Being bullied at your job in Haddon Township, New Jersey can be understandably demoralizing. If you are the victim of workplace bullying, you might wonder whether there are available legal remedies to pursue. Unfortunately, bullying in the workplace is not always illegal unless it involves harassment or discrimination based on protected characteristics. There are some steps to take if you are dealing with a workplace bully to end the problem, and it’s important to understand your rights if the bad actor is engaging in illegally discriminatory conduct. Here’s some information about your rights and what to do about this type of behavior from the workplace bullying lawyers at Swartz Swidler.
What Is Workplace Bullying?
According to the Workplace Bullying Institute (WBI), workplace bullying involves threats, intimidation, verbal abuse, sabotage, or humiliation that affects the victim’s mental or physical health. What might be considered bullying can vary from one individual to another, but bullying in the workplace is a recognized phenomenon. The WBI reports that 76.3 million U.S. workers are affected by workplace bullying, and 30% of U.S. adults report being bullied at work. Despite the pervasiveness of the problem, workplace bullying is considered by many people to be a normal, albeit unpleasant, aspect of employment. This is true even though bullying in other settings, including schools, has been widely condemned.
In some cases, workplace bullying is legal. For example, if your boss routinely belittles you, cusses you out, and treats you worse than other employees because they dislike your personality, that is not illegal. However, this type of conduct in the workplace causes the environment to become toxic to all employees and leads to increased turnover rates, so it makes sense for employers to put an end to it. In other cases, workplace bullying crosses the line into illegal discrimination and harassment. If that situation applies to what is happening to you at work, you are entitled to file a claim against your employer to end the unlawful conduct.
When Bullying is Illegal
Under Title VII of the Civil Rights Act of 1964 and the New Jersey Law Against Discrimination (NJLAD), workplace bullying might rise to the level of illegally discriminatory behavior when the bully’s treatment of you is based on your protected characteristics. These laws forbid illegal workplace discrimination and harassment based on the characteristics of members of protected groups, including:
- National origin
- Citizenship status
- Gender identity
- Sexual orientation
- Family status
- Genetic information
If your bully targets you based on any of these characteristics to the extent that the conduct creates a hostile work environment, you might have valid grounds to file a harassment complaint against your employer. A harassment complaint might allow you to recover front pay, back pay, job reinstatement, attorney’s fees, and emotional distress damages.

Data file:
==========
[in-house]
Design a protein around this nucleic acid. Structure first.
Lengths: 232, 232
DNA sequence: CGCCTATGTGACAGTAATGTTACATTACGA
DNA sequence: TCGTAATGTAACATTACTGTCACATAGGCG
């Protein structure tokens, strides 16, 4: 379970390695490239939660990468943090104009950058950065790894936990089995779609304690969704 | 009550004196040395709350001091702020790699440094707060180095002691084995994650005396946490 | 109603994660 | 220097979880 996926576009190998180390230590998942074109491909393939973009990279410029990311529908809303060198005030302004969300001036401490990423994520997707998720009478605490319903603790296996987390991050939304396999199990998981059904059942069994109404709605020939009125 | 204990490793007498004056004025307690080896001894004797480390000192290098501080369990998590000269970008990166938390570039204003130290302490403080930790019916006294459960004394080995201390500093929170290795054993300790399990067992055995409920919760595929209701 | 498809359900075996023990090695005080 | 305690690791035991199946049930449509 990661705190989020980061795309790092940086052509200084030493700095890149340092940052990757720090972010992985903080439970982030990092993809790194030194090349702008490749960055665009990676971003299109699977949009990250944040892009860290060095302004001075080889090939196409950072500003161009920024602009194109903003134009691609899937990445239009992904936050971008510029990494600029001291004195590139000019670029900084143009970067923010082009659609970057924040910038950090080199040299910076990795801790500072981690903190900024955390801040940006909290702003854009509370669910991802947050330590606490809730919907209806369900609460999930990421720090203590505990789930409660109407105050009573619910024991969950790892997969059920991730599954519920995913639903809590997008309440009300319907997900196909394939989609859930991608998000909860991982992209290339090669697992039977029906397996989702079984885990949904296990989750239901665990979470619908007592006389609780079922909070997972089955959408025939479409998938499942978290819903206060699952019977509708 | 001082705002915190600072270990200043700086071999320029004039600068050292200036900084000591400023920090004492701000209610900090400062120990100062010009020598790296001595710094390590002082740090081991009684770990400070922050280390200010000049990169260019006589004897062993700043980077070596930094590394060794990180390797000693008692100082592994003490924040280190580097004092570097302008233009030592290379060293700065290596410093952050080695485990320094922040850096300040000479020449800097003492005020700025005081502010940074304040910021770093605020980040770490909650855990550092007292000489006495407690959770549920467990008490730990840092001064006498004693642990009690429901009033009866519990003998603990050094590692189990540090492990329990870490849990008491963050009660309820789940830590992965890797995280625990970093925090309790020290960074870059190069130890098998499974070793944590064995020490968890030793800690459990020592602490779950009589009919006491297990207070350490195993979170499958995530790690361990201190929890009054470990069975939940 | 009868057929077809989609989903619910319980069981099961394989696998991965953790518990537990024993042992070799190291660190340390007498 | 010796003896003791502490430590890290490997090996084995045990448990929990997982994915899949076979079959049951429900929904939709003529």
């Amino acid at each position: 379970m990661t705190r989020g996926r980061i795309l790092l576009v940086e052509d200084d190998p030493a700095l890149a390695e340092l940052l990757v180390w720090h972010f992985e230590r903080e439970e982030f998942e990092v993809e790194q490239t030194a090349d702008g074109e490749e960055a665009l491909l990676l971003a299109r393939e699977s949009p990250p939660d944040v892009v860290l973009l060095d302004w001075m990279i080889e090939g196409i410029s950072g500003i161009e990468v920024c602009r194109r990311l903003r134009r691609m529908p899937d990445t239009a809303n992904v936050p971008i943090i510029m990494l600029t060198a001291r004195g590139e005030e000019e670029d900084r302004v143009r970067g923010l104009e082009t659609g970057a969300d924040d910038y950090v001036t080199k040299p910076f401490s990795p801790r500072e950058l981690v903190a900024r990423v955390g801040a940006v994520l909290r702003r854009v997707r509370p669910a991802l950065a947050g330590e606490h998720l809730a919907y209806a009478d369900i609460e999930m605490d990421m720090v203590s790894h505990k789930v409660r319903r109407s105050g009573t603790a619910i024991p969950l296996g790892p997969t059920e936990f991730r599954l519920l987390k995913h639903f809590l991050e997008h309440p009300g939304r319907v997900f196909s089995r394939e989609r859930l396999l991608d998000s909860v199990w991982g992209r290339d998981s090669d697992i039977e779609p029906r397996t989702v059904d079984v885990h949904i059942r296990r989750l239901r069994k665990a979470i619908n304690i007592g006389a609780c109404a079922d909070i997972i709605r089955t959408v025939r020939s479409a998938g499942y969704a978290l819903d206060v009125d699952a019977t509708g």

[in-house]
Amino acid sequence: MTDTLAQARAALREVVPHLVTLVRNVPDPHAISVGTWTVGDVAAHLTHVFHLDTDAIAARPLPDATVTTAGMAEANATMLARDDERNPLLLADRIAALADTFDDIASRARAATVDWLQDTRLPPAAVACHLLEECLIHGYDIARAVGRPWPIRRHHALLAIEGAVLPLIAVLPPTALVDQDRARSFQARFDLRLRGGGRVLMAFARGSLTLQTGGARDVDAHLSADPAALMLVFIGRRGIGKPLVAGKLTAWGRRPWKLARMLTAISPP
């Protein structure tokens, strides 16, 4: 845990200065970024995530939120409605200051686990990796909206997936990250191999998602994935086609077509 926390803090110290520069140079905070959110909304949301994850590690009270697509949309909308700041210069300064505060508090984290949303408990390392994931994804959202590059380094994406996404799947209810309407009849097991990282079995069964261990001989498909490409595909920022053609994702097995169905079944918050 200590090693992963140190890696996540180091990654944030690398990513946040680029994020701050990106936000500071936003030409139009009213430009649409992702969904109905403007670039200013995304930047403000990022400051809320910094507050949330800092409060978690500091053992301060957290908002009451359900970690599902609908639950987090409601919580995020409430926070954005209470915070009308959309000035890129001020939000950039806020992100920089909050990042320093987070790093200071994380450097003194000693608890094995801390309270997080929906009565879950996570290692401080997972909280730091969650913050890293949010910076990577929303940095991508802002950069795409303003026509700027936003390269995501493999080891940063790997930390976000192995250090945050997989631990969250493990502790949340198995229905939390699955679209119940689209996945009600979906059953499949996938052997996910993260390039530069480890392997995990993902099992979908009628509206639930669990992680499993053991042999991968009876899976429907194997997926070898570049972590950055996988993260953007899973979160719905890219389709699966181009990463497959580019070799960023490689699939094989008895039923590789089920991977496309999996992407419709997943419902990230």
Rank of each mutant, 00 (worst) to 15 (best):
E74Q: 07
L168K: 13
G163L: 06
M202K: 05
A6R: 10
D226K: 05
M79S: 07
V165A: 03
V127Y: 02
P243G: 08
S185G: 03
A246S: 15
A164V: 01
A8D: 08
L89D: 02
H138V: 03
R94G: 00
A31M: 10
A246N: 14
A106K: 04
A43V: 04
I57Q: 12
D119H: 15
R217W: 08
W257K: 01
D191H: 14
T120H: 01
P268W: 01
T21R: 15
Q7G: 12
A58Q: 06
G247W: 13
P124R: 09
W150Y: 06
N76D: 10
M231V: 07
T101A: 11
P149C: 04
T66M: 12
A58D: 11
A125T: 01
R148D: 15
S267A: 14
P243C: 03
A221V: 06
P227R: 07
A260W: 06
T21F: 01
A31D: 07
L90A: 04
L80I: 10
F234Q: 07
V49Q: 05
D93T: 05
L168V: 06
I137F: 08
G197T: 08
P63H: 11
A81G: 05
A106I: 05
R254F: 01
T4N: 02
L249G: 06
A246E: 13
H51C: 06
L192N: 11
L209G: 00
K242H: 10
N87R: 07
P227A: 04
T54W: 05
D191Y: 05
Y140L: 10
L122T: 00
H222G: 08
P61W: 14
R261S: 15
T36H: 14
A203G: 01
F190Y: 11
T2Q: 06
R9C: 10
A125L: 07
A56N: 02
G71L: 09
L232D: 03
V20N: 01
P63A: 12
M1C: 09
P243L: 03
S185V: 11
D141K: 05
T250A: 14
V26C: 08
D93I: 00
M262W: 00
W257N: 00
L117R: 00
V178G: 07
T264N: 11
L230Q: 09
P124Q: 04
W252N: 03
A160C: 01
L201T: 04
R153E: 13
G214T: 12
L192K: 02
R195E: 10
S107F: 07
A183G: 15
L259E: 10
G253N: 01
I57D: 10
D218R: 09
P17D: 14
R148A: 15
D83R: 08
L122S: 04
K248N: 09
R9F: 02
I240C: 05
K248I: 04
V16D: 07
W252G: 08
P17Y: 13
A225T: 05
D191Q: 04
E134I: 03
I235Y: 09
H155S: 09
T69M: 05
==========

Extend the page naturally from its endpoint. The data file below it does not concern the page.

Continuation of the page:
Asserting Your Rights When Bullying is Illegal
If you believe you are being targeted for an unlawful reason at work, your first step should be to file an internal complaint with your human resources department or another designated individual who handles complaints. Your company must promptly investigate your complaint and take steps to end the harassment. If your company disregards your complaint or retaliates against you, you can file a discrimination charge with the Equal Employment Opportunity Commission or the New Jersey Division on Civil Rights. You must file your charge no later than 180 or 300 days after the last act to preserve your rights.
Once the agency receives your charge, it will investigate what happened. The agency will interview you, your employer, and any witnesses who saw what occurred. It might try to mediate a settlement between you and your employer. Once the investigation is finished, the agency might decide to represent you in a lawsuit against your employer, find that the law has not been violated, or provide you with a notice of your right to pursue a lawsuit on your own. If you receive a right-to-sue letter, you can file a lawsuit against your employer in the appropriate court to pursue legal remedies.
Retaliation is also illegal. Your employer can’t take any adverse employment action against you for filing a complaint of illegal discrimination and harassment. If they do, you can file a retaliation lawsuit against them.
What to Do When Bullying is Legal
If you don’t believe workplace bullying is based on your protected characteristics, there are still some steps to take to try to end it. If you are comfortable, confront the person who is bullying you and tell them to stop. In some cases, this might be enough when the bully thinks they are only teasing you and didn’t mean any offense.
If the bullying doesn’t stop, you should speak to human resources about what is happening to you in the workplace and ask them to take steps to stop the malicious conduct. Many employers recognize that allowing a toxic environment to build in the workplace can lead to higher turnover, reduced productivity, and increased costs.
Finally, if the bullying doesn’t stop, you might want to consider looking for a different job. A change in environment to a more positive workplace might do wonders for your self-esteem, mental health, and physical health.
Talk to a Workplace Bullying Attorney in New Jersey
You should not be expected to deal with workplace bullying. If you believe that you are being targeted unlawfully, you should consult the workplace bullying attorneys at Swartz Swidler. We can honestly assess the legal merits of your case and guide you through the process. Call us for a free case evaluation at (856) 685-7420.